Multiple sclerosis (MS) patients in the United States and other countries around the world are trekking to Russia to undergo a controversial treatment for the neurological disorder that some researchers believe could lead to a cure.
Hematopoietic Stem Cell Transplantation (HSCT) is an experimental treatment for MS and has been shown in some cases to stop the progression of MS with just one dose. You can learn more about this procedure here. HSCT is a complicated process that is physically demanding of the patient. It requires a 11 day dose of chemotherapy followed by weeks of hospitalization after the procedure to allow the patients immune system to rebuild.
Not everyone is so sure of HSCT’s therapeutic benefits and some have called for more rigorous, well-controlled studies to look at the benefits of such therapy versus potential risks. In two separate studies, one in 2002 showed a mortality rate of 8% and a more recent study showed a mortality rate at 2%.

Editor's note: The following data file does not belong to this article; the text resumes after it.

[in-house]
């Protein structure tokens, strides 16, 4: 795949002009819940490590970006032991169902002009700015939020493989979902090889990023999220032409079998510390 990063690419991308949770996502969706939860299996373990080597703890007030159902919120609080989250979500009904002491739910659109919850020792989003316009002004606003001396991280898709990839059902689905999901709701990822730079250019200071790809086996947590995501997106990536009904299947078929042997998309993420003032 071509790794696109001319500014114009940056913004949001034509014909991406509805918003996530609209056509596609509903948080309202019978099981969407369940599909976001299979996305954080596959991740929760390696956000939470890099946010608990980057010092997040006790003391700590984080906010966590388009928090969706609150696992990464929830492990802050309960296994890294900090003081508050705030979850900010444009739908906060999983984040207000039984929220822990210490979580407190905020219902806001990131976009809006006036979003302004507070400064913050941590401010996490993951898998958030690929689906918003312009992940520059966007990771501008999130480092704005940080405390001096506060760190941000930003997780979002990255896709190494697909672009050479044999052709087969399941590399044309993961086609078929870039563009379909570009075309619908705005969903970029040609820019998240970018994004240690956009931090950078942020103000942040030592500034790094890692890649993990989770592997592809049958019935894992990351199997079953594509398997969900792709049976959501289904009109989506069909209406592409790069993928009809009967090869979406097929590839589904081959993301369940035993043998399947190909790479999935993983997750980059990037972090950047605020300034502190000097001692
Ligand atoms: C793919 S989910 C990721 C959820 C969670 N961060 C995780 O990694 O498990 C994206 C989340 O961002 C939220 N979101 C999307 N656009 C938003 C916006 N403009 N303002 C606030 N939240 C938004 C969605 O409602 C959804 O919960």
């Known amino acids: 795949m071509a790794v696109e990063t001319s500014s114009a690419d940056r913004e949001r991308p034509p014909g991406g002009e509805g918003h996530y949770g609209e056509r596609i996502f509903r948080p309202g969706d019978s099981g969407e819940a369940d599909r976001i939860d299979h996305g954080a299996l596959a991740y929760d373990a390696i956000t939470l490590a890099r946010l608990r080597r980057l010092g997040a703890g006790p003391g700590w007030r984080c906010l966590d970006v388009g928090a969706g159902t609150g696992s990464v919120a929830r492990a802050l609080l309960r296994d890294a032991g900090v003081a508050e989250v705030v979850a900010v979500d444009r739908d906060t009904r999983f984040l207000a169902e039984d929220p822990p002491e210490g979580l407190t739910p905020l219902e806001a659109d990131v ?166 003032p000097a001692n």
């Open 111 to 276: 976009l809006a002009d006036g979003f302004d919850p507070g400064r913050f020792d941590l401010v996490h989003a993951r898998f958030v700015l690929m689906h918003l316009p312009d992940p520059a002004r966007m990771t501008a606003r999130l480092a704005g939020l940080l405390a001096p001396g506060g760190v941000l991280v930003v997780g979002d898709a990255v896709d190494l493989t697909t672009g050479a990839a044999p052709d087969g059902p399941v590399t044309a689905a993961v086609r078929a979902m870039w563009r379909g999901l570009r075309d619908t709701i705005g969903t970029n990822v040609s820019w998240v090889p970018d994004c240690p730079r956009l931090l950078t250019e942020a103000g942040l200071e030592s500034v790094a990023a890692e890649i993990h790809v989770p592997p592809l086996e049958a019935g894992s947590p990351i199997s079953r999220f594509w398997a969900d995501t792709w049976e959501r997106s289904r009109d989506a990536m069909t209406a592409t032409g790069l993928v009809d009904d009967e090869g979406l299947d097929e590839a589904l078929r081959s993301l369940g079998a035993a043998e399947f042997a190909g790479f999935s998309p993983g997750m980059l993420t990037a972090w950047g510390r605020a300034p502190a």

HSCT is available in the U.S. at a cost estimated to be US $125,000. Availability and price in the United States and elsewhere have led to patients traveling to Russia to obtain treatment. The procedure can be obtained quickly and at a fraction of the cost.
“I think [the reason] people are leaving the country has to do with cost.”
– Bruce Bebo,
the National Multiple Sclerosis Society
The implications for patients are clear. By traveling to Russia, they have access to cheaper therapies that may or may not be approved in the United States. However, Russia also has a clear motive for making it easier for patients to get access to therapies like HSCT. It’s big business.
In 2016 the Russia pharmaceutical market did $20.91 billion dollars and is one of the world’s fastest growth markets in the pharmaceutical sector. Some of that growth is attributed to the rise of medical tourism in the country. By 2021 the Russian pharmaceutical market will have grown to over $38 billion dollars.
Many in the neurology field are taking a wait-and-see approach to HSCT and others are urging a more serious examination of the risks vs. rewards. For desperate patients, the pace in the United States in examining the therapy is going too slowly. Many are not waiting and are willing to travel to far off lands to find an answer and hope.
Read more about this on Healthline here.